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Taipei Zhongshan Hall hosts Sketches of Formosa exhibition

Text and Photos by Leo R. Maliksi
 
The Department of Cultural Affairs held a press conference on December 7 at the Taipei Zhongshan Hall (台北中山堂) to inaugurate the exhibition “The Sketches of Formosa” (福爾摩沙印象展) that will run until February 24, 2019. DOCA invited four historians and artifact collectors to act as docents.
 
The exhibition features reproduced photos from books written between the 16th and 19th centuries. The books contained verbal descriptions and sketches made by European seafarers who landed on Formosa and interacted with this island’s inhabitants -- aborigines and Han Chinese. The descriptions and drawings express the first impressions those westerners had of Formosa and its peoples.

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DOCA Deputy Commissioner Lee Li Zhu (李麗珠) welcomes guests to the exhibition.

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Mr. Jian Yixiong (簡義雄), a historical artifacts collector, is the exhibition curator.
 
“This exhibition shows how the Europeans’ perception of Taiwan has changed over four hundred years,” said Guillaume Delvallee, deputy director of the French Office in Taipei.
 
“When we arrived four hundred years ago, we had no idea what Taiwan was about and as you can see in some of the pictures, we depicted the Taiwanese as savages. We gradually discovered how much we had in common despite our differences, and you can see the evolution of the European understanding of Taiwan.”

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Guillaume Delvallee, deputy director of the French Office in Taipei, says the exhibition
shows the evolution of the European understanding of Taiwan.

 
Some western explorers who arrived in the 16th century did not have a correct knowledge of the island’s topography. So their drawings of this island lacked uniformity, giving their readers the impression that Formosa looked like an amoeba whose shape was constantly changing.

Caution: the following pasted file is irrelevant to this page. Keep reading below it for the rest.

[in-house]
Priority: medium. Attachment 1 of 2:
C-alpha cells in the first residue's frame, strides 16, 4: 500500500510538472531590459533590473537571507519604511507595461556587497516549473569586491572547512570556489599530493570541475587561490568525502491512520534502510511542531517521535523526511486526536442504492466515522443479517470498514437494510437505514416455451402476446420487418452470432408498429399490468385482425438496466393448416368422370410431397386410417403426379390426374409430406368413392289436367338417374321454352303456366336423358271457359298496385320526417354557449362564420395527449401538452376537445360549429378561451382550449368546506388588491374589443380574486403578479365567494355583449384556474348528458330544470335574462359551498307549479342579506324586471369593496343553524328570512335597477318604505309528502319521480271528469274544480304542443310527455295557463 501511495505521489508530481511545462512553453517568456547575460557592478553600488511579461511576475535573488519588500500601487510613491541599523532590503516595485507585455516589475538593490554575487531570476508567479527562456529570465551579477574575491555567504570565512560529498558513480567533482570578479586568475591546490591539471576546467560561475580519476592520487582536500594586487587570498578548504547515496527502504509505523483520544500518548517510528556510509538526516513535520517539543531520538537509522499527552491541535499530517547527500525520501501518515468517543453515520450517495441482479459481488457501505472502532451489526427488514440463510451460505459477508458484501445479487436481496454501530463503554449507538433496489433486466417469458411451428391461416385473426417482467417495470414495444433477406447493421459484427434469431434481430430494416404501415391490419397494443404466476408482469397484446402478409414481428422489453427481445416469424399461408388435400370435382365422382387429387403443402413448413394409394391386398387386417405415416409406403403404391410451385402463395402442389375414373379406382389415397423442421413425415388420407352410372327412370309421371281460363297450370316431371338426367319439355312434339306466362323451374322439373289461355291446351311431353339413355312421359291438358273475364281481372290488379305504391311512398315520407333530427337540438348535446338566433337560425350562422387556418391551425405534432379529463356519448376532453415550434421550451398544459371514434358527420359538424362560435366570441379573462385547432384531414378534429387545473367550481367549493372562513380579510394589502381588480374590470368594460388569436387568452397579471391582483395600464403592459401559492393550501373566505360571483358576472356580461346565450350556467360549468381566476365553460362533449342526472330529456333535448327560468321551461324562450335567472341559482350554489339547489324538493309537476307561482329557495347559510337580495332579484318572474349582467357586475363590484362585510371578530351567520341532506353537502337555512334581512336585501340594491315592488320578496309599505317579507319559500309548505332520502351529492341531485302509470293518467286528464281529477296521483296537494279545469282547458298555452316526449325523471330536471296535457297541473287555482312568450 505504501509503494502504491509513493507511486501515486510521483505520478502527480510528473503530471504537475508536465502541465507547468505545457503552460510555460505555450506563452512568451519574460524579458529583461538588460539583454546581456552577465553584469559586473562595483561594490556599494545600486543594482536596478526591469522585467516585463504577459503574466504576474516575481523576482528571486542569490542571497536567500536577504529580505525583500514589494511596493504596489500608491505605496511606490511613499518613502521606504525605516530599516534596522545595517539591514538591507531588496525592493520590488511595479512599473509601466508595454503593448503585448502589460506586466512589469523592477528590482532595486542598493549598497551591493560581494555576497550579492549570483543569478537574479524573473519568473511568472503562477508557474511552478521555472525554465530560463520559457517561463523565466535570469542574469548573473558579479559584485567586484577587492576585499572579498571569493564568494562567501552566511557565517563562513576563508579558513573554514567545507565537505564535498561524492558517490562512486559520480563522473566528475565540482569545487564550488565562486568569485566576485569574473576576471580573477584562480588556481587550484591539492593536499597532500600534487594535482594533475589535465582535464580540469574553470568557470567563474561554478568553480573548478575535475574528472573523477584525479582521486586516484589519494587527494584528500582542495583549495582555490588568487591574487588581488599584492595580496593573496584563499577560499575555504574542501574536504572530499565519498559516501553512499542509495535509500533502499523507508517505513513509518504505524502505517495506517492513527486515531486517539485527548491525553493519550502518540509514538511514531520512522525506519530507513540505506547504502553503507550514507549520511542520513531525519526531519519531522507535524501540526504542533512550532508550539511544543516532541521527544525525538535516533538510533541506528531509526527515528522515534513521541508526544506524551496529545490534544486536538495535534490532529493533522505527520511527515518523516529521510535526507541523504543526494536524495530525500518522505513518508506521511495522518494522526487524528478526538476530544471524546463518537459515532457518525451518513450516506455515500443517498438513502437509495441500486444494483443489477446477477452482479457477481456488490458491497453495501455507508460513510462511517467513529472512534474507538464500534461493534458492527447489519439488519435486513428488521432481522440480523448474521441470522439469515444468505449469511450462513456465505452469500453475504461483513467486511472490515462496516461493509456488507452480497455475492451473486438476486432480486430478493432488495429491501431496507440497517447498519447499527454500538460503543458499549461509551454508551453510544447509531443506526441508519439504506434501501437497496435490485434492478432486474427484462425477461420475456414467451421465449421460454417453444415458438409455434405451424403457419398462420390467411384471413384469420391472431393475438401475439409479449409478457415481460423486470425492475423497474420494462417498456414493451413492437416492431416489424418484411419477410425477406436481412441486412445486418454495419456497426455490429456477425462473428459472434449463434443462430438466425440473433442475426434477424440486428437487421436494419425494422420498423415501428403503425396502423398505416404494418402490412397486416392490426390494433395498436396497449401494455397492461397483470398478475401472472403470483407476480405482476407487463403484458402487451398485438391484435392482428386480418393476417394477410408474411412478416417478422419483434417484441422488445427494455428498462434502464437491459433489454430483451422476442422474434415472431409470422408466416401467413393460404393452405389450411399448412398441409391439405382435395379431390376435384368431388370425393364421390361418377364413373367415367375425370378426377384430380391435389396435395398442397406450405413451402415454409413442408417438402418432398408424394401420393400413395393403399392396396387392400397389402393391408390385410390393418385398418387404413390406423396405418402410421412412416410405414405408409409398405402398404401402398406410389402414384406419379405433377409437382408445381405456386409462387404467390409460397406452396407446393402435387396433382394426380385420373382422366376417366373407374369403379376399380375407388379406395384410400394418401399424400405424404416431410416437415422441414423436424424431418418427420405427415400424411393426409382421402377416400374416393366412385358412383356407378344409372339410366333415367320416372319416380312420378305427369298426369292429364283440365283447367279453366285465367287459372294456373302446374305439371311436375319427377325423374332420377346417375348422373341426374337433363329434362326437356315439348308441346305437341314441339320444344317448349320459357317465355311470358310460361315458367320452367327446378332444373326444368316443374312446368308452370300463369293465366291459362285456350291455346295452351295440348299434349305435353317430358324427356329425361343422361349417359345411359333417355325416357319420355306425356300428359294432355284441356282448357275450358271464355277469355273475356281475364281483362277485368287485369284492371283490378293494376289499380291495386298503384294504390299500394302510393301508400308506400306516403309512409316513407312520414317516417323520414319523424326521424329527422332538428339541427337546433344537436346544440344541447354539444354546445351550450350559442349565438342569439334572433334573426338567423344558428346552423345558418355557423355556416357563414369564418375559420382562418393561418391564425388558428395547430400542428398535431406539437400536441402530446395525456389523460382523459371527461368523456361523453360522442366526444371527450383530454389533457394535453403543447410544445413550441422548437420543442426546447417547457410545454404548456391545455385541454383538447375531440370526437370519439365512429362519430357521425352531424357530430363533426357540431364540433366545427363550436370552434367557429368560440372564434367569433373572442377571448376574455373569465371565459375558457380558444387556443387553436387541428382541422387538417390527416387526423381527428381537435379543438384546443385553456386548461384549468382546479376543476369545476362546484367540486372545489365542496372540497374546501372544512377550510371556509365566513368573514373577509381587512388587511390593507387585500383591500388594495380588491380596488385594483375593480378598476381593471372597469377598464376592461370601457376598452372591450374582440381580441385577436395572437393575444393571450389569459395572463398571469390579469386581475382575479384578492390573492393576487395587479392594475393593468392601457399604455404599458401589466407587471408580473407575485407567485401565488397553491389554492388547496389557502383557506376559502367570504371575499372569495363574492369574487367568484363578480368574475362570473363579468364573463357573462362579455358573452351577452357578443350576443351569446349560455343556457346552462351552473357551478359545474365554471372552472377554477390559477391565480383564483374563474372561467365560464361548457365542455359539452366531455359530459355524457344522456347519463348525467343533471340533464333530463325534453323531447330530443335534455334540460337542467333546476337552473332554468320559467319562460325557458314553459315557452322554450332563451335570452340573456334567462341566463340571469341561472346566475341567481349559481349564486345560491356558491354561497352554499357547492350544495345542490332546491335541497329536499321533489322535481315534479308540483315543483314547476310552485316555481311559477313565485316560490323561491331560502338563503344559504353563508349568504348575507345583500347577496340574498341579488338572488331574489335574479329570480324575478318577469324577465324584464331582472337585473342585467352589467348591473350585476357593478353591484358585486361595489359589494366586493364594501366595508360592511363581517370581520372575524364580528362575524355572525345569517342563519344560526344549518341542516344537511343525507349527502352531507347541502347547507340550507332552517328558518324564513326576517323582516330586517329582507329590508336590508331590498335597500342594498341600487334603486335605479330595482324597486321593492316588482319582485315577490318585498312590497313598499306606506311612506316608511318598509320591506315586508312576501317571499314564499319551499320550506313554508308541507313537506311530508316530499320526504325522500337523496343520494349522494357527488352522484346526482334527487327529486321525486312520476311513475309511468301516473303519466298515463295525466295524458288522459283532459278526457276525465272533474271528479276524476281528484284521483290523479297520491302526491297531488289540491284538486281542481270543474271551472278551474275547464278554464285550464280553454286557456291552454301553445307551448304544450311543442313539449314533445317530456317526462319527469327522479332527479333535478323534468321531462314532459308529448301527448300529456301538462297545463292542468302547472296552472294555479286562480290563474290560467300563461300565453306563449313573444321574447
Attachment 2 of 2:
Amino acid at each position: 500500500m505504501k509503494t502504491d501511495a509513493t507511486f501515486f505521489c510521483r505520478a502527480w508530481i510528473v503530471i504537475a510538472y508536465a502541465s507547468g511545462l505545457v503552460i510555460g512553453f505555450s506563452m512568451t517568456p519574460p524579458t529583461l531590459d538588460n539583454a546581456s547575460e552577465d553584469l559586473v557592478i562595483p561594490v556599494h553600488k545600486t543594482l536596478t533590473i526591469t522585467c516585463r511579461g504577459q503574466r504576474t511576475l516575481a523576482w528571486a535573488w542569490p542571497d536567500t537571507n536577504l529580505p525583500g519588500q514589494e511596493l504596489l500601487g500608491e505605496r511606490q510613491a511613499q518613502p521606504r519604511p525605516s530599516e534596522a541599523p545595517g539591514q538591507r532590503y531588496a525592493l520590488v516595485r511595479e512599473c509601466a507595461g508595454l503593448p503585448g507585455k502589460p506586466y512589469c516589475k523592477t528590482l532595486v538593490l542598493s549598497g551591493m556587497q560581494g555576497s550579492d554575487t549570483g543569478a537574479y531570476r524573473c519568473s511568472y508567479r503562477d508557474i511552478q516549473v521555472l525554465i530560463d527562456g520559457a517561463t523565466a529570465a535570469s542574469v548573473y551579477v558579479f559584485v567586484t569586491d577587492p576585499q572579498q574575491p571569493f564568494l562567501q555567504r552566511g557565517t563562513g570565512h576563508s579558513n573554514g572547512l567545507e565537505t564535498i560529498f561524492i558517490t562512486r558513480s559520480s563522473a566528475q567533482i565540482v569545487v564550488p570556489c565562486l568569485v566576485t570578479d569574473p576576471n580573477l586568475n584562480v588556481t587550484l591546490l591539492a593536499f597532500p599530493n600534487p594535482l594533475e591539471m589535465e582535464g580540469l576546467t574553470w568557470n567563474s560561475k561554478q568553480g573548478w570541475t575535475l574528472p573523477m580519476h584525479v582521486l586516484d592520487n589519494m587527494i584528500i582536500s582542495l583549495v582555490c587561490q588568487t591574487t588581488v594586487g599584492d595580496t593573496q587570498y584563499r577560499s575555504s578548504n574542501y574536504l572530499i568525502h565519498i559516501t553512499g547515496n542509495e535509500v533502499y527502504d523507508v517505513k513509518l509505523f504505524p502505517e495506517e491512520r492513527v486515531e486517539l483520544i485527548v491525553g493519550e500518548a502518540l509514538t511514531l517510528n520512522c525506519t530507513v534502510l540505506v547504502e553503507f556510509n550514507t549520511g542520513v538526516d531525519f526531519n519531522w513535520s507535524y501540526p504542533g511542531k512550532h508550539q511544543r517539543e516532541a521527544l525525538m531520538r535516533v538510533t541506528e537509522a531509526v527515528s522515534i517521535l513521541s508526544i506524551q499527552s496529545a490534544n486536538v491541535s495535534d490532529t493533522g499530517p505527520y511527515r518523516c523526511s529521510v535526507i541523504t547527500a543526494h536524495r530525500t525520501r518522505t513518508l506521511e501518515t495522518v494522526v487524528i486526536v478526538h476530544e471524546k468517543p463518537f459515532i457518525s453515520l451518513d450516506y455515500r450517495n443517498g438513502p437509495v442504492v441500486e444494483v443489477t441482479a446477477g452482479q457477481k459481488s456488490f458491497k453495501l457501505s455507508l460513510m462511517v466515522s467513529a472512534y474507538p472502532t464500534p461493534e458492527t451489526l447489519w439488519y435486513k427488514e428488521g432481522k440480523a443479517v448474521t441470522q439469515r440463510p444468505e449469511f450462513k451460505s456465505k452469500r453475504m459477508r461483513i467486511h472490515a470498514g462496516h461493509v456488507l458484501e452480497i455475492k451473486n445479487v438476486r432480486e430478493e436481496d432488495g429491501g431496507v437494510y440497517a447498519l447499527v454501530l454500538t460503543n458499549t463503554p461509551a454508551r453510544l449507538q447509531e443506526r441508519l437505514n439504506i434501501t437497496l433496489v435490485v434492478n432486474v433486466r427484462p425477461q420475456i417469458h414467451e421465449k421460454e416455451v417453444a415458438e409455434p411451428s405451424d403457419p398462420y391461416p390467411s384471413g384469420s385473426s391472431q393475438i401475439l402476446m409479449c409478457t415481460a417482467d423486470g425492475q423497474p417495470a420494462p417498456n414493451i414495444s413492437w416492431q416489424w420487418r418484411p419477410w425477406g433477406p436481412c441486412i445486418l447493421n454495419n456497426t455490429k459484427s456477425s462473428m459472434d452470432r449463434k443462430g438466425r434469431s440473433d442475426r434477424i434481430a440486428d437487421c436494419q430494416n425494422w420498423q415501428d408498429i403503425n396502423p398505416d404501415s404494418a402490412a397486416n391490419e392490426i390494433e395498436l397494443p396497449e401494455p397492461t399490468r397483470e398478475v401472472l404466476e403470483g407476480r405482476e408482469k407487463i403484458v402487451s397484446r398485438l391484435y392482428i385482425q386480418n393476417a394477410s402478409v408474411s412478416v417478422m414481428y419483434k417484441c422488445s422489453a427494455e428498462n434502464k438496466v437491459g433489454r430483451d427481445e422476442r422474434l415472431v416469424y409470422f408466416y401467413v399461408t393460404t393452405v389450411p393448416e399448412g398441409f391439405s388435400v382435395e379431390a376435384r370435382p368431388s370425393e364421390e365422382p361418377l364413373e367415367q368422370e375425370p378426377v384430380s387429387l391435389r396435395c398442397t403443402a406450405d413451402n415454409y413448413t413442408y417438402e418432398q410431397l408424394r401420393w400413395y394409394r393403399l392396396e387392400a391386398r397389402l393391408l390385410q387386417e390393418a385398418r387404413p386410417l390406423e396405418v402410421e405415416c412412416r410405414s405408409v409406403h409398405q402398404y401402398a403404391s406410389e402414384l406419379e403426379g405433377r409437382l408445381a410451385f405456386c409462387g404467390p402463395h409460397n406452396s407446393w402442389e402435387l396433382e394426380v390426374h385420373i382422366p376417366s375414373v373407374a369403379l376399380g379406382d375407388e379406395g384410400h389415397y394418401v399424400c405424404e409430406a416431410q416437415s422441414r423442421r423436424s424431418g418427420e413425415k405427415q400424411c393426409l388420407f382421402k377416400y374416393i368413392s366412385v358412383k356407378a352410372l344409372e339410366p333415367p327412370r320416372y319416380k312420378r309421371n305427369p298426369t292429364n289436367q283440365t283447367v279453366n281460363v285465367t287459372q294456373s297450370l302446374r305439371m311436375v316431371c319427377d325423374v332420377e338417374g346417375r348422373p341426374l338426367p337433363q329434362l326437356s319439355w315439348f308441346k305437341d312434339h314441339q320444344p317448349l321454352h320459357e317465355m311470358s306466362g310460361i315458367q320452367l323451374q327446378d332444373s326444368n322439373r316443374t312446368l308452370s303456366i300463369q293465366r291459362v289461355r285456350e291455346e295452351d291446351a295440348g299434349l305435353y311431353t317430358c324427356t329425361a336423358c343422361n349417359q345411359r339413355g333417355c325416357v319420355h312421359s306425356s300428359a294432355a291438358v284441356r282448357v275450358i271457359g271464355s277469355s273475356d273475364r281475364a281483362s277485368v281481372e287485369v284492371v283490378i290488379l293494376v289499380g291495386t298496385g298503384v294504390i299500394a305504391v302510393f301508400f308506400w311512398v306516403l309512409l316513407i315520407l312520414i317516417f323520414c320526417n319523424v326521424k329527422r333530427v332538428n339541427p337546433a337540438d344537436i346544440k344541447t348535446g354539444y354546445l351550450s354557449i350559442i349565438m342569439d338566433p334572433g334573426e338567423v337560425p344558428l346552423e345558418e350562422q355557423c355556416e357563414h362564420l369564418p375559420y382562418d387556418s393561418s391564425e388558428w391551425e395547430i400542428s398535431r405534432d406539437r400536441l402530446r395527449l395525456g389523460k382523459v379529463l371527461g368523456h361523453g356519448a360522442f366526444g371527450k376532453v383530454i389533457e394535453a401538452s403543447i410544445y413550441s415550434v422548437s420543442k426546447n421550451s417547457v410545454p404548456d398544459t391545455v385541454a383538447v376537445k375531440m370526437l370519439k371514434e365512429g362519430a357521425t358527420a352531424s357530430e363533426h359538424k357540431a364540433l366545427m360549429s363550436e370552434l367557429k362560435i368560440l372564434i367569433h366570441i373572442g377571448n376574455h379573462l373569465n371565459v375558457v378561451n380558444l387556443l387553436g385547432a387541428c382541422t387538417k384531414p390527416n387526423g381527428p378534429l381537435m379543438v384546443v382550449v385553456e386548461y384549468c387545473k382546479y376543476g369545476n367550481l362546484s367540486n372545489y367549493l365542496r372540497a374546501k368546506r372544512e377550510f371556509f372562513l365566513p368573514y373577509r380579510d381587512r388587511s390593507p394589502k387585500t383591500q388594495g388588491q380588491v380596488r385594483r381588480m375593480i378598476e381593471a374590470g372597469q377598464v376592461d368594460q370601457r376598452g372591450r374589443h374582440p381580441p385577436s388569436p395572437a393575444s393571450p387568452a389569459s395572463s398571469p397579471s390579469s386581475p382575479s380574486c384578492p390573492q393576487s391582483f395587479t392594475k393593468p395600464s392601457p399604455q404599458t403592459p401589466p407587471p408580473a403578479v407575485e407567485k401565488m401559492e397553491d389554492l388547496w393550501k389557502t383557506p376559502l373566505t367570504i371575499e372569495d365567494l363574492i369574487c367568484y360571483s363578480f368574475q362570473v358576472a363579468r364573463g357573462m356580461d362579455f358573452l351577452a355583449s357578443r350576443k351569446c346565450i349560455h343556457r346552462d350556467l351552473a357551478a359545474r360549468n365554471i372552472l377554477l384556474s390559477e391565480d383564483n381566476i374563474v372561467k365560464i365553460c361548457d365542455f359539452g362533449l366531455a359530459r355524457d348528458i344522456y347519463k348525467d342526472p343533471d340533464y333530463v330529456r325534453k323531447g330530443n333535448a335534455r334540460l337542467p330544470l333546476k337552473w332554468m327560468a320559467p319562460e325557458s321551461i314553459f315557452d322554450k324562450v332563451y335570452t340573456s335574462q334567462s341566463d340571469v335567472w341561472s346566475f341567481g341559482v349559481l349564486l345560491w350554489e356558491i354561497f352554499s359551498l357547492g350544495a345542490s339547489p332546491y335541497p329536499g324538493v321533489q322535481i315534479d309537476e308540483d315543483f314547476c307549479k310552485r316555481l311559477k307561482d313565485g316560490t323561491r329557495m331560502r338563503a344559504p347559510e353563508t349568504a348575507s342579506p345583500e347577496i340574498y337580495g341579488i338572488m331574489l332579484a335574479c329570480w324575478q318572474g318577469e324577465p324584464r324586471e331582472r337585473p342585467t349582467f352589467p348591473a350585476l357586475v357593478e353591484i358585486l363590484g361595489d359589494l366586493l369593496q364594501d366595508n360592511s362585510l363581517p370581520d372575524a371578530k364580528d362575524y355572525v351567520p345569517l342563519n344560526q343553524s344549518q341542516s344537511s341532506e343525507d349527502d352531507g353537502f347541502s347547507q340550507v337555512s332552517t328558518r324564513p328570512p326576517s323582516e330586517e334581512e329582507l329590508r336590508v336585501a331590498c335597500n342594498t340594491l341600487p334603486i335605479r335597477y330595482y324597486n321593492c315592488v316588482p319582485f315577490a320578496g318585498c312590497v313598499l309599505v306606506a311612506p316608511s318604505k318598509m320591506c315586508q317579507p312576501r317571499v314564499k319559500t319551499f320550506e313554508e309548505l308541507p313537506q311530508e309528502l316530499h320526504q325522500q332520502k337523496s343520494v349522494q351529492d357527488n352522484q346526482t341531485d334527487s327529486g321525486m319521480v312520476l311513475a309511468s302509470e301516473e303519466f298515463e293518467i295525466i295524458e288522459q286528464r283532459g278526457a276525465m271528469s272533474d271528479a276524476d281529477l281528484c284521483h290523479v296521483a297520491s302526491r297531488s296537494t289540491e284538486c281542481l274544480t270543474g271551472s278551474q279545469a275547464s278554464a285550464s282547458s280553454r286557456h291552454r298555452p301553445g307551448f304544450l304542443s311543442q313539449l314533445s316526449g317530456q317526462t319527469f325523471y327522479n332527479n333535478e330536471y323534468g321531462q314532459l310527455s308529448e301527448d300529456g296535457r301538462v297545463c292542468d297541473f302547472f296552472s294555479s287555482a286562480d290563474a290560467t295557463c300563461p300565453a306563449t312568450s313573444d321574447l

The exhibition shows little-known practices such as how the aborigines accepted the Spanish silver dollar as betrothal gift (bride price).
 
Visitors will also learn that the famous Kangxi Tongbao (康熙通寶), Manchu Qing dynasty era brass coins produced under the reign of the Kangxi Emperor, floated on water. An illustrator asked Taiwan indigenous peoples to pose as models for some illustrations he did for the Illustrated London News. In the 19th century, when they met some Christian missionaries, some Taiwanese asked if they sold opium.

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Professor Liqin Du (杜麗琴) explains the history behind some of the illustrations.
 
The exhibition has five major themes: 1. “Discovering Formosa” shows the impressions western voyagers and the peoples of Formosa had of each other; 2. “Educating Taiwan” features how Christian missionaries engaged in medical treatment as a way of spreading their Faith, introduced education for women, and how they experienced the bitterness of rejection and their gradual acceptance by the Taiwanese; 3. “Open Harbors and Trading” is about the exportation of Taiwan products such as oolong tea, sugar, and camphor; 4. “Taiwan Take Aways” shows how westerners portrayed the topography, animal species & plants, and culture of Taiwan; 5. “Raising Flags on Formosa” depicts how the western powers drew up plans to occupy Formosa.

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“A Historical and Geographical Description of Formosa, an island subject to the emperor of Japan 1704,” written by George Psalmanaazaar, a Frenchman who lived in London. He wrote this book in the 18th century. It is a blend of facts about Taiwan and the author’s imagined conditions of the island. It served to awaken greater interest about Taiwan among Europeans.
 
If you visit the exhibition, don’t miss viewing some cultural artifacts: “Taiwan Sketches” (1645) is the earliest record of Taiwanese aborigines; “History and Geography of Formosa,” a spurious publication that was popular in Europe; “The U.S. History of Ocean Development” is a classic ten-volume history of the seas around Formosa; “The Illustrated London News” has illustrations of a lion dance performance and 9 sketches of aborigines drawn by illustrators who ventured into the mountain areas. There are gold and silver coins used by the Dutch, Spanish, Portuguese, English, French, Austrians, and Japanese, as well as Song dynasty coins salvaged from shipwrecks.